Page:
In Copyright Since September 11, 2000Lyme disease -- is it simply one tick away?
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San Diego Union-Tribune, The (CA) - Thursday, December 17, 1992
Author: CHERYL CLARK, Staff Writer
While clearing coastal sage along a hiking trail in Black Mountain Park west of Rancho Penasquitos last January, Sierra Club volunteer Mike Fry recalls being "really attacked by ticks."
They were all over his dog, and that night Fry used tweezers to extract a particularly obstinate one -- about the size of a lentil bean -- out of his own chest.
He thought nothing of it until a red, 3-inch ring appeared around the bite a few days later. And a week after that, muscle aches and joint pain set in that he could not explain. Fry knew they were symptoms of Lyme disease , but he "didn't think there was Lyme disease in San Diego County."
"I'm an avid cross-country skier, and it's normal to have a few aches after a weekend of exertion, but this was worse," he said. "I was wringing my hands in pain."
Fry, 49, was seen at Kaiser Permanente by a physician's assistant who ordered a blood test for Lyme disease antibodies. Even though the test was negative, the Poway resident was given a 30-day prescription for antibiotics and now feels fine. Fry is sure he had Lyme disease .
While most cases of Lyme disease in the United States have been found in the Northeast and Midwest, an increasing number are being reported from California, primarily along the Northern California coast.
And county health officials are increasingly seeing evidence that the disease has spread south. " Lyme disease is definitely here," said Dr. Donald Ramras, San Diego County health officer.
An infected tick that carries the Lyme disease spirochete bacteria was isolated near Camp Pendleton last year, and, ever since, San Diego County health officials have been warning outdoor lovers to guard against tick bites and be aware of Lyme disease symptoms.
In an extensive search through grassy and wooded areas of the county this year, field inspectors collected 200 samples of western black-legged ticks, which can carry the bacteria. Eight ticks -- from DeLuz, Camp Pendleton, Penasquitos Canyon, Lake Wohlford near Escondido and sites in the Cuyamaca and Laguna mountains -- were found to be infected.
Ticks feed by biting skin and taking in blood. The chance of being bitten increases during cooler months, from November to March, when the small, tear-drop shaped mites proliferate in humid, grassy areas along the coast and in the foothill chaparral. They find their prey by climbing to the tips of grass and brush and waiting for a warm-blooded animal to pass by.
County officials warn hikers to choose wide trails and to avoid trail edges as well as brushy and grassy areas. They suggest keeping grass mown around homes and in rural areas.
They also advise wearing long pants and long-sleeved clothing, with pants tucked into boots or socks and shirts tucked into pants. Clothing should be light-colored so western black-legged ticks can be easily spotted. The female is reddish brown with black legs and is about one-eighth of an inch long in size; the males are smaller and brownish black.
In the last 4 1/2 years, only 14 cases of Lyme disease have been counted among San Diego County residents, Ramras said. Six of those patients are believed to have acquired the bacteria from ticks in San Diego County.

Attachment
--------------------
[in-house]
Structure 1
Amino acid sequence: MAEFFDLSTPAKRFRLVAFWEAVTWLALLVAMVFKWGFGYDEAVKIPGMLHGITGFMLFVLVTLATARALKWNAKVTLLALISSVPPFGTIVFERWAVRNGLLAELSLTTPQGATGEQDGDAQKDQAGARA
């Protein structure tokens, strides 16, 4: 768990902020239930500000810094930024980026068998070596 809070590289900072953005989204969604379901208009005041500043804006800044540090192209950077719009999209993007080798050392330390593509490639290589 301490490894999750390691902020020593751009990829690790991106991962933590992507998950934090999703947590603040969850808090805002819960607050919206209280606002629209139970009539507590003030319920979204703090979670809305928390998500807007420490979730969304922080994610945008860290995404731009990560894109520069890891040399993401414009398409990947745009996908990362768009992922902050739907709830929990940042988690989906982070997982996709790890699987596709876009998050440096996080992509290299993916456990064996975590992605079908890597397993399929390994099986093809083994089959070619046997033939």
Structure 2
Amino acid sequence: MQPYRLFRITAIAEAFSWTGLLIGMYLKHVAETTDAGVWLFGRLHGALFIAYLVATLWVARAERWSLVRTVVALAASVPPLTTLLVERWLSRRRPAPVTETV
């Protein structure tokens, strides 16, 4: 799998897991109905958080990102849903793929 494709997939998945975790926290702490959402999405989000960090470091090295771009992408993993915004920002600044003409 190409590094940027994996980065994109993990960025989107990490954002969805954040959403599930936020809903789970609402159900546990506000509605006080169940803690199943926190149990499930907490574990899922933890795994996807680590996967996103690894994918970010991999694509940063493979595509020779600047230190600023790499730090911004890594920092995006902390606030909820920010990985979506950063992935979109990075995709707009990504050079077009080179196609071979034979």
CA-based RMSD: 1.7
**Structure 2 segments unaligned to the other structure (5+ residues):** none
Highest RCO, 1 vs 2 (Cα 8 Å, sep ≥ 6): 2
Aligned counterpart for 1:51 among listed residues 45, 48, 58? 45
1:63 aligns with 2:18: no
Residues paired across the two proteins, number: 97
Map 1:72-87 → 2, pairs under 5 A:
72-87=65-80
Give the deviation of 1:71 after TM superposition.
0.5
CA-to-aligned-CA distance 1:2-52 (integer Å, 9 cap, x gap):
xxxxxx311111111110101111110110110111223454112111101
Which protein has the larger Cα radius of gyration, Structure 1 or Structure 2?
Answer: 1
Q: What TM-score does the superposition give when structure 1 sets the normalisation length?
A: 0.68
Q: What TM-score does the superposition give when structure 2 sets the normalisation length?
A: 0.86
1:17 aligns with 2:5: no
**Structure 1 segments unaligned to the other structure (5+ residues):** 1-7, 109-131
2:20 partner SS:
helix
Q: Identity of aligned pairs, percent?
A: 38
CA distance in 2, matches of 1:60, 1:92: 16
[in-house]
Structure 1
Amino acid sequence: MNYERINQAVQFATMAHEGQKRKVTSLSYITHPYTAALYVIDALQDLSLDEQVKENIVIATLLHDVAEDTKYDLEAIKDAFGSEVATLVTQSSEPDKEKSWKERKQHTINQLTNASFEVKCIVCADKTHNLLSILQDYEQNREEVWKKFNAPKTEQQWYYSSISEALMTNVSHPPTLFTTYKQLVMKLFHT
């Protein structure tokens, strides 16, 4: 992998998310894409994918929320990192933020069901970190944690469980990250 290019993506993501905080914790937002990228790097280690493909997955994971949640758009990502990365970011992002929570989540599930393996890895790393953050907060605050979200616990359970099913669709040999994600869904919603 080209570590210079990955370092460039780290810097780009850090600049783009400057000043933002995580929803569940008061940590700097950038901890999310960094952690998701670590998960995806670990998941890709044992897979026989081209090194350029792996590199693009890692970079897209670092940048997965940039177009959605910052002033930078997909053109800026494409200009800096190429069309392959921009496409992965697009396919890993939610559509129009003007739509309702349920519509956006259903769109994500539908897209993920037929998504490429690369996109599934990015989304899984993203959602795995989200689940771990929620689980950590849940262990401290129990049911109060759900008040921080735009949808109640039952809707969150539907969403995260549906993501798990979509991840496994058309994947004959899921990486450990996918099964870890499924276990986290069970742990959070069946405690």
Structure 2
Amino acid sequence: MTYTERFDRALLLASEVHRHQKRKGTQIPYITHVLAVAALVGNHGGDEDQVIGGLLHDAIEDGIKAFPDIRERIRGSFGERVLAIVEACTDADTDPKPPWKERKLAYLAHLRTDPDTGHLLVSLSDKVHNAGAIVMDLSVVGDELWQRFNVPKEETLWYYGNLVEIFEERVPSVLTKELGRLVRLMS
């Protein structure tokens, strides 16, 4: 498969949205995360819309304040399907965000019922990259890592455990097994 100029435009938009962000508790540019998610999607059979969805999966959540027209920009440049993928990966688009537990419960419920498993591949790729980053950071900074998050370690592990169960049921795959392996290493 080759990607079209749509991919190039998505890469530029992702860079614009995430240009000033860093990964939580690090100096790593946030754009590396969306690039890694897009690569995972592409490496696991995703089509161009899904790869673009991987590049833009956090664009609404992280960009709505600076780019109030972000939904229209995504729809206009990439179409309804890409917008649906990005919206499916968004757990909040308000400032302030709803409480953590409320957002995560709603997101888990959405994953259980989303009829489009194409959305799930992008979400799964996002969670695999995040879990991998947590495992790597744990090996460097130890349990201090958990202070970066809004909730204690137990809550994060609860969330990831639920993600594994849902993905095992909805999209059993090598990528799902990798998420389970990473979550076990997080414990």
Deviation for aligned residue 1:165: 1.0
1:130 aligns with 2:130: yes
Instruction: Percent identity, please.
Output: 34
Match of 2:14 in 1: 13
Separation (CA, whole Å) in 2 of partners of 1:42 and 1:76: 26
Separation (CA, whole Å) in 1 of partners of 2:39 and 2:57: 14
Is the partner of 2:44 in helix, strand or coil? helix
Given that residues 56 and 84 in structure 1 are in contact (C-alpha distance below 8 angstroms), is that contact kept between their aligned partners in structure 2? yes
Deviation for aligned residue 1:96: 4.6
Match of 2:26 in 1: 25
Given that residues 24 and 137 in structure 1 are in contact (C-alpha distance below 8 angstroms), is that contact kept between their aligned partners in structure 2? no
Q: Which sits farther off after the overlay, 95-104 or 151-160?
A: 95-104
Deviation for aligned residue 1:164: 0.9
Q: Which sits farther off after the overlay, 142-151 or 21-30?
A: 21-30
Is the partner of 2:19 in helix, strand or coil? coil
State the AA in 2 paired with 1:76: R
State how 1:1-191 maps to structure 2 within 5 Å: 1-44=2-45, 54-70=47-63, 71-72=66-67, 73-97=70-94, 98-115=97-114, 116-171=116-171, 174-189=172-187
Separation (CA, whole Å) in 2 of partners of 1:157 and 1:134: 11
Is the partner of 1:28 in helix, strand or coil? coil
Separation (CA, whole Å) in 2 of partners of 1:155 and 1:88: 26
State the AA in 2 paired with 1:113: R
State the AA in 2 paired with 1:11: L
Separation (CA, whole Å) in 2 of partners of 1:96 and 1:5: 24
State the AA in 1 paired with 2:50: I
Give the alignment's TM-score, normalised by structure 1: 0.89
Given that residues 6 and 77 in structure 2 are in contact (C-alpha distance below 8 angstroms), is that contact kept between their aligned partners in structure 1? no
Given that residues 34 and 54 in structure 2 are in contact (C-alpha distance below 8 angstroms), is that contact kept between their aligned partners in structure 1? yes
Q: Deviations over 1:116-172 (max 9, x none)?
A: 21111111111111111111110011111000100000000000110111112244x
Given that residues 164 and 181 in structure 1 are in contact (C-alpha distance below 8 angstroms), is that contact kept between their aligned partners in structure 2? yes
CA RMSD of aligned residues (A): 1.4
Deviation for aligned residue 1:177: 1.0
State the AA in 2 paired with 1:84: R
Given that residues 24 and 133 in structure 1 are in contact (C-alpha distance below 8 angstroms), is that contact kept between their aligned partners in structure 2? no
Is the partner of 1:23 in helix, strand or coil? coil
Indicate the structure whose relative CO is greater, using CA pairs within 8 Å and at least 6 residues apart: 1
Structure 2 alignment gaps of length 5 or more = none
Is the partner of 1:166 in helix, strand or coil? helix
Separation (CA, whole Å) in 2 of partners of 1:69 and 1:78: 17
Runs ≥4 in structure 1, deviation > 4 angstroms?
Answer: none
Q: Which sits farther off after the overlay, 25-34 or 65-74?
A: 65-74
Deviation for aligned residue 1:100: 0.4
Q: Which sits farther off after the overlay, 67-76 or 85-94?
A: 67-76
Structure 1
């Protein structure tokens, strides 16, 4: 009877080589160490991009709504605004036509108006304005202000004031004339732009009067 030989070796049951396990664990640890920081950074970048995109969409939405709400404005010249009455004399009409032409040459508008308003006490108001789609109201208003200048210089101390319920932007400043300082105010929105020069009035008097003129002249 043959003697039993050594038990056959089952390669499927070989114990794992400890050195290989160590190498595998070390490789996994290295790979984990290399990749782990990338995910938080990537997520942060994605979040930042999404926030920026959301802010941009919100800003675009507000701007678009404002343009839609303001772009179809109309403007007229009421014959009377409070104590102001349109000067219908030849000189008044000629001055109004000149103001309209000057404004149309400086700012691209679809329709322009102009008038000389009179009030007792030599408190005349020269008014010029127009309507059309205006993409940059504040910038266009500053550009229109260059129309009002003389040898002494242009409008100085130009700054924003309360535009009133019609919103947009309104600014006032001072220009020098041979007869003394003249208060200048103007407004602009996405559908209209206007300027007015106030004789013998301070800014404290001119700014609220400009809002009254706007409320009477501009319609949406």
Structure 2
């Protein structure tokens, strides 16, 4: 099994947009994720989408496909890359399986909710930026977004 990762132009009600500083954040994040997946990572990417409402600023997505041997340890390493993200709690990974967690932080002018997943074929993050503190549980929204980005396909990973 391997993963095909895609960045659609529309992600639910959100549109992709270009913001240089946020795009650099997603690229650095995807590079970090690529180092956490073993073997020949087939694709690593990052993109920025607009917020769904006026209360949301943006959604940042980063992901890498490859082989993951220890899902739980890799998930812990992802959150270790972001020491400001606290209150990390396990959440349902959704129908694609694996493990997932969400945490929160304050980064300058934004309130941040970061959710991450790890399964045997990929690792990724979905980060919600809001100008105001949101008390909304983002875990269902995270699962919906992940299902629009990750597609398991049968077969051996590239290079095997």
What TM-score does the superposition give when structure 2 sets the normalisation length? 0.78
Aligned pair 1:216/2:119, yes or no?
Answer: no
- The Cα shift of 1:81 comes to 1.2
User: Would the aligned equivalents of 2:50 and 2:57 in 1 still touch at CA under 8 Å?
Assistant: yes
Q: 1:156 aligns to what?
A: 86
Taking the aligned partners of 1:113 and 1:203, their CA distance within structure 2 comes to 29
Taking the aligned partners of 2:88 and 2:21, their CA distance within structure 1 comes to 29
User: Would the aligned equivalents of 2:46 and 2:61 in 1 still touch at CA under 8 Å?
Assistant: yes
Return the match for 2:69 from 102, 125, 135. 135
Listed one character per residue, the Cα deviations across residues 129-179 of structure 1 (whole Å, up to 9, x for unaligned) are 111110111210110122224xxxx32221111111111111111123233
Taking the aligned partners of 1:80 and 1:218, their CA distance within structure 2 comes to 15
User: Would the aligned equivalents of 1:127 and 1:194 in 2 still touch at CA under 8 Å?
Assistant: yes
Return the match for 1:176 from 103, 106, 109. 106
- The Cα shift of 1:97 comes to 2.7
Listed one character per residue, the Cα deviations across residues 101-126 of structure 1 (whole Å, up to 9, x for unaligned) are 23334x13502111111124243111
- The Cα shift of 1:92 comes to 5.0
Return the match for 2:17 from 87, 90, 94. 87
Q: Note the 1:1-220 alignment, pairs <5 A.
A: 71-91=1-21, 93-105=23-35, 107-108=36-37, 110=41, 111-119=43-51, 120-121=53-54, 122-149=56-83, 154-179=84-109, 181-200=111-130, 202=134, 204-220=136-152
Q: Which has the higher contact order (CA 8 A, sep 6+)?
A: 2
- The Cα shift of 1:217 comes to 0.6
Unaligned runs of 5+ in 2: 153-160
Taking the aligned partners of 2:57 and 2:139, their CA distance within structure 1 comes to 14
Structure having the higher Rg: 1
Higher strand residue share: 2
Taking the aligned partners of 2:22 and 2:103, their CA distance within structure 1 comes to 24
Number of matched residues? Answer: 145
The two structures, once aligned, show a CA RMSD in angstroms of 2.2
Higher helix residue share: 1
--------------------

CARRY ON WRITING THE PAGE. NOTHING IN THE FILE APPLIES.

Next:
But many cases also may be undiagnosed.
Dr. William Norcross, a family practitioner with UCSD Medical Center, acknowledged that many physicians in the county may fail to recognize early symptoms of the disease because it is so new to the region.
"They know from reading textbooks what the symptoms are. But it's a bit of a jump from reading about something and actually seeing it," he said.
"I think it's going to require sensitivity on the part of the physician to ask questions that give the tip-off -- about whether patients have been in an area where they might have been bitten by a tick," Norcross said.
A second Poway resident remembers only too well how difficult it can be to get a diagnosis.
Camper Mike Fry, 35, who coincidentally shares both a name and the experience of Lyme disease with Sierra Club hiker Mike Fry, says he suffered for a year and a half until he convinced his doctor to test and treat him. Initially, the physician had discounted the likelihood that a tick bite in 1988 while camping near Santa Barbara could have been the source of his symptoms. "I got to the point where I couldn't pull the clutch on my motorcycle. My joints were on fire," he said, but he recovered after heavy doses of antibiotics.
Early symptoms of Lyme disease include headache, fatigue, swollen lymph nodes, stiff neck, a fever and the feeling of coming down with the flu, said Dr. Robert Murray, communicable disease expert with the state Department of Health Services in Berkeley.
Months after being infected, a person may develop neurological and musculoskeletal problems, such as facial twitching and pain in the joints. Sometimes, the symptoms clear by themselves but they often require treatment with antibiotics, Murray said.
A common long-term symptom of Lyme disease is the development of intermittent arthritis, which appears and disappears for several years, health officials say.
There also is difficulty in getting a positive blood test. The currently used test that detects evidence that the body has launched an immune response against the bacteria is overly sensitive to other antibodies, and reflects many false positives. It also may reflect false negatives.
Memo: Head varies
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